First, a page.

March 14, 2013, Oakland – Today, lawyers from the Center for Constitutional Rights (CCR) urged a federal judge to reject California’s attempt to dismiss a class action lawsuit challenging prolonged solitary confinement in California prisons. The case was filed on behalf of prisoners in the Security Housing Unit (SHU) at the notorious Pelican Bay State Prison who have spent between 10 and 28 years in solitary confinement and who staged two widely publicized hunger strikes in 2011. It alleges that prolonged solitary confinement violates Eighth Amendment prohibitions against cruel and unusual punishment, and that the absence of meaningful review of SHU placement violates the prisoners’ right to due process. CCR lawyers argued today that nominal, temporary reforms by the California Department of Corrections and Rehabilitation (CDCR), which the defendants cited as grounds for dismissing the case, have had little to no effect on the conditions challenged in the lawsuit and, thus, the case must proceed.
“The CDCR’s reforms are nothing more than window dressing. They are riddled with the same constitutional problems challenged in this lawsuit, they have had no effect on any of the plaintiffs and, in any event, they are set to expire in two years,” said Center for Constitutional Rights President Jules Lobel, who argued today. “The most important similarity, however, is that this pilot program is the third time the CDCR has promised meaningful reforms and failed to deliver. At this point it is clear that a court must intervene.”
SHU prisoners spend 22 ½ to 24 hours every day in a cramped, concrete, windowless cell. They are denied telephone calls, any physical contact with visitors, and vocational, recreational and educational programming. As of 2011, more than 500 Pelican Bay SHU prisoners have been isolated under these conditions for over 10 years; more than 200 have been there for over 15 years; and 78 have been isolated in the SHU for more than 20 years. Solitary confinement for as little as 15 days is widely recognized to cause lasting psychological damage and is analyzed as torture under international law. The pilot program implemented by the CDCR still allows for prisoners to be confined in extreme isolation for decades.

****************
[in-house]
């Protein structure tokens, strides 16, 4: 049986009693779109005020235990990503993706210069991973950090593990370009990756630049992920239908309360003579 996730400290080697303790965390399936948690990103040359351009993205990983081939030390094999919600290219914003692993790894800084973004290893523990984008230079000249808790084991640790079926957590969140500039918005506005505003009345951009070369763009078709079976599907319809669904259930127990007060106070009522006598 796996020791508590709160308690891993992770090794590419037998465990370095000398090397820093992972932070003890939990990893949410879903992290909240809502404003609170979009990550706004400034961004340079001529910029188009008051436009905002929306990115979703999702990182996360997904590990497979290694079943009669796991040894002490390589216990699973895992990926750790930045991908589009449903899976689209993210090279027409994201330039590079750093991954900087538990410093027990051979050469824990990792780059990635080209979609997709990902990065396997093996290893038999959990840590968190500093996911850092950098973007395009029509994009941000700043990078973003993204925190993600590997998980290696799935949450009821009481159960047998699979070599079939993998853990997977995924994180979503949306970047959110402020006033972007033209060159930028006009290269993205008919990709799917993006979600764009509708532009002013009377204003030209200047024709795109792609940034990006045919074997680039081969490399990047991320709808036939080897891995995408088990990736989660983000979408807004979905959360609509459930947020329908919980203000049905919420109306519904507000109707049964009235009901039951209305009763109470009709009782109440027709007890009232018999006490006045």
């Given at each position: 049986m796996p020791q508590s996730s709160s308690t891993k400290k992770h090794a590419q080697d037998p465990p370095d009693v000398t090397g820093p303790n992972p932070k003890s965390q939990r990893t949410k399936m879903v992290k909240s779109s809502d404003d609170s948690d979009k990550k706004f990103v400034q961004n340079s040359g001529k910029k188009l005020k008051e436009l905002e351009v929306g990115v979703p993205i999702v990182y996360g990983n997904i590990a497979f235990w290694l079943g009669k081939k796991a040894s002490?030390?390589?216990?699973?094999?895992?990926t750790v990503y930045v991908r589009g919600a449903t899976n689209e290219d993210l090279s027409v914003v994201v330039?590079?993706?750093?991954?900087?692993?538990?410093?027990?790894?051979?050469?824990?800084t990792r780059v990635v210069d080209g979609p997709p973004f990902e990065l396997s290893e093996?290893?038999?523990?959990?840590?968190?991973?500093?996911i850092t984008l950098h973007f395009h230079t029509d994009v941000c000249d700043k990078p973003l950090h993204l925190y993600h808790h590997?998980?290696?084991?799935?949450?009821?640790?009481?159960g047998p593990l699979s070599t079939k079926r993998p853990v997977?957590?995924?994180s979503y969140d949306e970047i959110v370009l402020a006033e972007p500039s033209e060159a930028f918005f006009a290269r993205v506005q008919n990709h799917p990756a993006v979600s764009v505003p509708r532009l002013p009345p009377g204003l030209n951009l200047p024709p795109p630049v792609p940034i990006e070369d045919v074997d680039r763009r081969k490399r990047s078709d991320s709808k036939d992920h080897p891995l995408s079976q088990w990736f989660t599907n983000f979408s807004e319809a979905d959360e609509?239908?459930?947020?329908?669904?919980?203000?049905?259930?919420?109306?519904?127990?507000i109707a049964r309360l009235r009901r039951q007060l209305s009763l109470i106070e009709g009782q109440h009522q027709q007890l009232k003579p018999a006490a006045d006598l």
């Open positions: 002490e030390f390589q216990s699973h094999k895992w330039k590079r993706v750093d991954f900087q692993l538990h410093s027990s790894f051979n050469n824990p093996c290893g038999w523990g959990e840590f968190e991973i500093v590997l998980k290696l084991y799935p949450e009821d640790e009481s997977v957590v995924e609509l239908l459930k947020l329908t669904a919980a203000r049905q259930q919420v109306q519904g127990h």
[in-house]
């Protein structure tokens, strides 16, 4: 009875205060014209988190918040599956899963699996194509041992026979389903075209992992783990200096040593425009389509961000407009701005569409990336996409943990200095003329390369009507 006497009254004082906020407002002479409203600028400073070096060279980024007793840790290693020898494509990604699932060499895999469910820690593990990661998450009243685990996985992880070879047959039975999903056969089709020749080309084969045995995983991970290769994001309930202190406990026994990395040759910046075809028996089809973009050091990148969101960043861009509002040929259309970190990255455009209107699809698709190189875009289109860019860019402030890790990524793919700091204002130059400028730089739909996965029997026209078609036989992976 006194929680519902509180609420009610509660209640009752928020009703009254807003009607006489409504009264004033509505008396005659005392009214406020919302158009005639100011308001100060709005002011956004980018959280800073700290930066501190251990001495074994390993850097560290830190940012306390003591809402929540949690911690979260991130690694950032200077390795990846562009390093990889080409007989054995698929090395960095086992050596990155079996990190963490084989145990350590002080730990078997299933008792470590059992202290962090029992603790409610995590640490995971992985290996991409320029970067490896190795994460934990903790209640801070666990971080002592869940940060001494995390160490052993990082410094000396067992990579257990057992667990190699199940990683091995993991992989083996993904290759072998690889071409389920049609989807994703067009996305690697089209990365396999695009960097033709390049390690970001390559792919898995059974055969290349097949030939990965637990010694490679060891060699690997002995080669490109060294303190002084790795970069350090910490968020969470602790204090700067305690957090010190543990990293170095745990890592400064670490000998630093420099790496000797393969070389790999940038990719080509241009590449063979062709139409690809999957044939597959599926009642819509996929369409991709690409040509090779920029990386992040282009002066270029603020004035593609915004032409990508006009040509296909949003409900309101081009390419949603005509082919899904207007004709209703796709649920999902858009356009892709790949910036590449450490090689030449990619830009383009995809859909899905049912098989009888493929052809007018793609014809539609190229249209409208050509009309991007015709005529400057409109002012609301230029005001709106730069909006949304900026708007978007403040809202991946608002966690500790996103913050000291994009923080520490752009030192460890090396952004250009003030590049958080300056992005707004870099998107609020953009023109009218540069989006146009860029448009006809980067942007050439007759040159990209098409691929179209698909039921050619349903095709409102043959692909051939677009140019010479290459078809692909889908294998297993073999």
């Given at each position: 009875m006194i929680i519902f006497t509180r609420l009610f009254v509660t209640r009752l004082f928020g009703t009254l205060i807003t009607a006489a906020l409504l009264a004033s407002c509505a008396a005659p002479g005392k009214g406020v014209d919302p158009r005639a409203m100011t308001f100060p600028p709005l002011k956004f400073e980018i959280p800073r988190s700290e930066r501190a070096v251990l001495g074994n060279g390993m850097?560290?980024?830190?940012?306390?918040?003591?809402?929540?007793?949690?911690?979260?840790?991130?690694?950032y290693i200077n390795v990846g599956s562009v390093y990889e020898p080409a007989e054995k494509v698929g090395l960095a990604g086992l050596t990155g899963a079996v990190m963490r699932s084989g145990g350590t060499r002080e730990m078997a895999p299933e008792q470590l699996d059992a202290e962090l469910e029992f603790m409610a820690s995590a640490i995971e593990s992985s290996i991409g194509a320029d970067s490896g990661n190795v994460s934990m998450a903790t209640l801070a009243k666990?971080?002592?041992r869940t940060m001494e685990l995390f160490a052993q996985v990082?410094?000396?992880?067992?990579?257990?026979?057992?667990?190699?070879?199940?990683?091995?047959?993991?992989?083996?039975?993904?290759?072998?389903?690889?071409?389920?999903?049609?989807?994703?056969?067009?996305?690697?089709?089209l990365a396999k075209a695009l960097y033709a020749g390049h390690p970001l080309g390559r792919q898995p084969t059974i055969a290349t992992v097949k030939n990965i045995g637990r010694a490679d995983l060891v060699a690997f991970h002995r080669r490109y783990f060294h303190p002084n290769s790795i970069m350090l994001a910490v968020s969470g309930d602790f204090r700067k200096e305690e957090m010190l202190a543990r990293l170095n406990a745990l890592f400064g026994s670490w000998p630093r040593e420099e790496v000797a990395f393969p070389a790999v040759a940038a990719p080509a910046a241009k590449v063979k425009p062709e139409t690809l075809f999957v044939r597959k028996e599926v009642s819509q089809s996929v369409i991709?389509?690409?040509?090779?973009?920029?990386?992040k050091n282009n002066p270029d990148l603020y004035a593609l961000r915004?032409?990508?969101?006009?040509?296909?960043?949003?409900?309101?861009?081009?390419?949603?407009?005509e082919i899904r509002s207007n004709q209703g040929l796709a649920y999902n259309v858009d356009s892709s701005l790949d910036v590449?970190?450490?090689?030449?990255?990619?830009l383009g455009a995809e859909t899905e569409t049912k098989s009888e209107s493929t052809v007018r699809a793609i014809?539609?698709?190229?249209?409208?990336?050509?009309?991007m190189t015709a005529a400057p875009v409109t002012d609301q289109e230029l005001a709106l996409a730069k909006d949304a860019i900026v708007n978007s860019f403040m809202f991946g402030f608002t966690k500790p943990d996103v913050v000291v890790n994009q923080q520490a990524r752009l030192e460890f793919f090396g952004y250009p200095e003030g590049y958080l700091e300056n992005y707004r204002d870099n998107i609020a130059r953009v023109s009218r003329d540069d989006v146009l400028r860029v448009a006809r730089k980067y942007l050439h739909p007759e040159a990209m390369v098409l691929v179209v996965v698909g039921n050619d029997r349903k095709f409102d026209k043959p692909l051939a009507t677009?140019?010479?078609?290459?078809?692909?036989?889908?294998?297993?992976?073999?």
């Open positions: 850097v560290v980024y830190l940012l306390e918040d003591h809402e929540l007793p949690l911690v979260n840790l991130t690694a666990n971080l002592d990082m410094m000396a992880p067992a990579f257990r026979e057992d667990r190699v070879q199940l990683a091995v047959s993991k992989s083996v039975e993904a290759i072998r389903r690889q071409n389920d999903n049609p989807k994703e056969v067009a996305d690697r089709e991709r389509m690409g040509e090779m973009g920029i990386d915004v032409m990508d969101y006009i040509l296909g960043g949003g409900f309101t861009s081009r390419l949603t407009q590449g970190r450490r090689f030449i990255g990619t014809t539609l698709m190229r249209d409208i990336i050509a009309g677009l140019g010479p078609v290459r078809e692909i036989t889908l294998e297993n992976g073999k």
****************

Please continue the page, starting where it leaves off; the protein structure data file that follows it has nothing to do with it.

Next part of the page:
Said plaintiff and Pelican Bay SHU prisoner Luis Esquivel, “I have joined this lawsuit as a named plaintiff because I am interested in the welfare and human dignity of all people in the SHU, not just my own situation. All SHU prisoners are in this struggle together. We all want to be treated like human beings, but are not.”
Additionally, CCR attorneys argued today that the pilot program does not ameliorate the due process violations alleged in the complaint, as it still does not provide any meaningful review of prisoners’ SHU placement, rendering their isolation effectively permanent. Prisoners can still be placed and held in the SHU absent any gang activity, violent conduct, or serious rule infraction; they may still be labeled gang “affiliates” and confined in isolation for activities such as reading about Black history, creating or possessing cultural artwork, or writing in Swahili; and they still must wait years between each opportunity for review. Moreover, even since the pilot program was implemented, some of the plaintiffs have been denied release from the SHU explicitly under the old policy.
Said attorney Charles Carbone, “The pilot program is already in a tail spin. The prisoners have rejected it and it does nothing to stop long term isolation or torture. The only real fix here is to end indefinite solitary confinement in California.”
SHU assignments disproportionately affect Latino prisoners. The percentage of Latinos in the Pelican Bay SHU was 85% in 2011, far higher than their representation in the general prison population, which was 41%.
“I've been in solitary confinement for 16 years,” said plaintiff and Pelican Bay SHU prisoner Gabriel Reyes. “I have learned here to hope for the best, expect the worst. I hope common sense and justice rule the day, so my family and loved ones can touch and hug each other and be a family again someday. My pillow keeps getting smaller and smaller from squeezing it so much.”
On March 12, 2013, CCR submitted written testimony on solitary confinement in the United States to an Inter-American Commission on Human Rights (IACHR) thematic hearing on the use of solitary in the Americas. The testimony is available here.
Legal Services for Prisoners with Children, California Prison Focus, Siegel & Yee, and the Law Offices of Charles Carbone are co-counsel on the case.
The case is Ruiz v. Brown, and it amends an earlier pro se lawsuit filed by Pelican Bay SHU prisoners Todd Ashker and Danny Troxell. The case is before Judge Claudia Wilken in The United States District Court for the Northern District of California.
The Center for Constitutional Rights is dedicated to advancing and protecting the rights guaranteed by the United States Constitution and the Universal Declaration of Human Rights. Founded in 1966 by attorneys who represented civil rights movements in the South, CCR is a non-profit legal and educational organization committed to the creative use of law as a positive force for social change.